Going for the ‘gold standard’

How ‘zero compromise’ do architects need to be when designing envelopes to the Passivhaus standard and are aesthetic, and other compromises necessary? Sarah Johnson reports on the challenges involved.

The Passivhaus standard is often seen as the ‘gold standard’ for building performance. Passivhaus buildings provide a high level of occupant comfort while using very little energy for heating and cooling. They are built with meticulous attention to detail and rigorous design and construction per principles developed by the Passivhaus Institute in Germany.

The fabric, or envelope, of a Passivhaus, needs to achieve high thermal and airtight performance while providing structural stability and weather protection. For building durability, the building also needs to eliminate the danger of interstitial condensation forming within the structure.1 The key principles of Passivhaus design include:

• continuity of super insulation;

• minimising thermal bridging;

• maintaining airtightness;

• minimising thermal bypass.

A rigorous approach is needed when it comes to designing building envelopes which will provide the necessary performance for a project to achieve Passivhaus accreditation. Passivhaus buildings can be built out of any construction material and therefore a wide variety of building envelope details are required to deal with the challenges of limiting thermal bridging and creating an airtight layout to meet Passivhaus criteria.

Passivhaus criteria do not dictate what construction methods should be used, but the following case studies of certified Passivhaus projects illustrate a range of scales, materials and typologies. In each example, the architects were asked three key questions about their project.

CASE STUDY: The University of Leicester

The University of Leicester’s Centre for Medicine building is currently the largest commercial Passivhaus in the UK. It consists of a concrete frame and curtain walling.

Architect’s View:
Jonathan Chadwick – Associated Architects

Why were the materials and the construction method adopted?

Brick was chosen as the predominant material for the facade as it respected the character of the neighbouring building and the site’s location on the edge of a conservation area. The use of curtain walling modules to panelise the brick facade provides a contemporary architectural language whilst remaining sympathetic to the surrounding context.

Curtain walling lent itself to the rigours of achieving Passivhaus levels of facade performance as it reduced the number of interfaces between different subcontractors’ work packages and provided a high degree of certainty that levels of workmanship would remain consistent. The use of ‘tried and tested’ building components also gave the client confidence that long-term appearance and performance would be maintained without significant additional ongoing costs.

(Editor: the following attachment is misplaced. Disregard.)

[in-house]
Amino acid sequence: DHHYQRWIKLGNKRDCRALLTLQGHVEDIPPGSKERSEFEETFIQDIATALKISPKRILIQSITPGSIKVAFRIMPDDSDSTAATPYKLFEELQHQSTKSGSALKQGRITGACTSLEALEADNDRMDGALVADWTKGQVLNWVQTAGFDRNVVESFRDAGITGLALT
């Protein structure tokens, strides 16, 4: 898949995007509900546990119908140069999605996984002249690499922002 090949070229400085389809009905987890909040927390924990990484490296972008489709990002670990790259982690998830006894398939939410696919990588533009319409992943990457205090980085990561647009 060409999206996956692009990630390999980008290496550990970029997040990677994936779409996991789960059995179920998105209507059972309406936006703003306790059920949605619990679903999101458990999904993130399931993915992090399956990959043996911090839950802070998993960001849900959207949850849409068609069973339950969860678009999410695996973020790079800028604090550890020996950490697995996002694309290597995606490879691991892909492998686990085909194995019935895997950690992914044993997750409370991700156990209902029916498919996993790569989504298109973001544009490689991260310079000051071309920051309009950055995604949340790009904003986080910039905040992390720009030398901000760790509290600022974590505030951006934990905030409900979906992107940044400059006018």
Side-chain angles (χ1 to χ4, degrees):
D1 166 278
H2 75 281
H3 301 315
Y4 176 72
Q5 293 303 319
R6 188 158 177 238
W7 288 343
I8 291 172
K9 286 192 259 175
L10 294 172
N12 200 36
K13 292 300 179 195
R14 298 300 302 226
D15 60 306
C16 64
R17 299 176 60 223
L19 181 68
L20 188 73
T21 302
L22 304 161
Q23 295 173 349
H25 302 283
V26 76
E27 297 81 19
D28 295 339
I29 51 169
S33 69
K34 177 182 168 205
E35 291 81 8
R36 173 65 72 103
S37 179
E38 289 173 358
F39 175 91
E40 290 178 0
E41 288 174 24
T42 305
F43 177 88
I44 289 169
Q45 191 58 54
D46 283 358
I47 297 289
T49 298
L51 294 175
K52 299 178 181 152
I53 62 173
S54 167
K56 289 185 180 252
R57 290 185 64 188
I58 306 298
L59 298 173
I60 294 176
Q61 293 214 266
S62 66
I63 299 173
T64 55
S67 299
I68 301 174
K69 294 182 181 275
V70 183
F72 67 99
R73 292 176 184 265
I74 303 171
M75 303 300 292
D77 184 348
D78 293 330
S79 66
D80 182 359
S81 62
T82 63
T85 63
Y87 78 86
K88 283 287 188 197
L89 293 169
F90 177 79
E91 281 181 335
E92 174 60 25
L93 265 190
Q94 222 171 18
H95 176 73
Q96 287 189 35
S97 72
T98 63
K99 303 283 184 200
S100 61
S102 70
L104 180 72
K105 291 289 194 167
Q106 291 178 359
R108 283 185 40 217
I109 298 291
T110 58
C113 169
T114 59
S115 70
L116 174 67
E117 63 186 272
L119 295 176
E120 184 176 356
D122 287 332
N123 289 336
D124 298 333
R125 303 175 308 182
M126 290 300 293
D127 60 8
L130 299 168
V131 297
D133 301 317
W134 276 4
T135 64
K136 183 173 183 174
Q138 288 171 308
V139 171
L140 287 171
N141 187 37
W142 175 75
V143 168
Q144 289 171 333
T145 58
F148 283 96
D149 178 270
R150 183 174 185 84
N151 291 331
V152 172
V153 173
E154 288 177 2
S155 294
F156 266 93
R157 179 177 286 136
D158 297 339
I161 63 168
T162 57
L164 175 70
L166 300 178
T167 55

What was the main challenge in meeting Passivhaus?

Refining the details of the curtain walling to minimise thermal bridging and to integrate the controls for the external shading blinds was complex and hadn’t been done to Passivhaus levels of performance in the UK before.

Extensive design development was carried out by the contractor’s design team in conjunction with the facade sub-contractor, Passivhaus specialist, curtain walling manufacturer and facade engineer to ensure the design was robust and repeatable whilst maintaining the required aesthetic.

A large mock-up panel was produced off site at a testing facility to enable the technical resolution of the details to be refined and weather tested to CWCT standards prior to inspection by the client.   

How ‘zero compromise’ was the design and were any aesthetic compromises made?

The Passivhaus standard of performance is very exacting and numerous detail design refinements were reviewed and thermally modelled prior to the curtain walling going into manufacture. This extended detailed design period is necessary with Passivhaus projects to ensure that aesthetics are not compromised in the pursuit of technical performance where new technologies are being pursued.

CASE STUDY: Wilkinson Primary, BILSTON

A second generation Passivhaus Primary School that addresses the future needs of a 21st century learning environment, including various improvements to performance and sustainability. The timber frame is partly clad in Corten steel and polished clay tiles.

Architect’s View:
Project Architect Lee Fordham – Architype

Why were the materials and the construction method adopted?

The construction  is timber frame sourced from domestic FSC timber which is exposed internally. The industrial heritage of the site provided inspiration for the exterior cladding of Corten steel. Corten is a sustainable choice as no maintenance is required, as the surface develops to a stable rust-like appearance. Allowing the steel to rust makes the rust itself form a protective coating that slows the rate of future corrosion.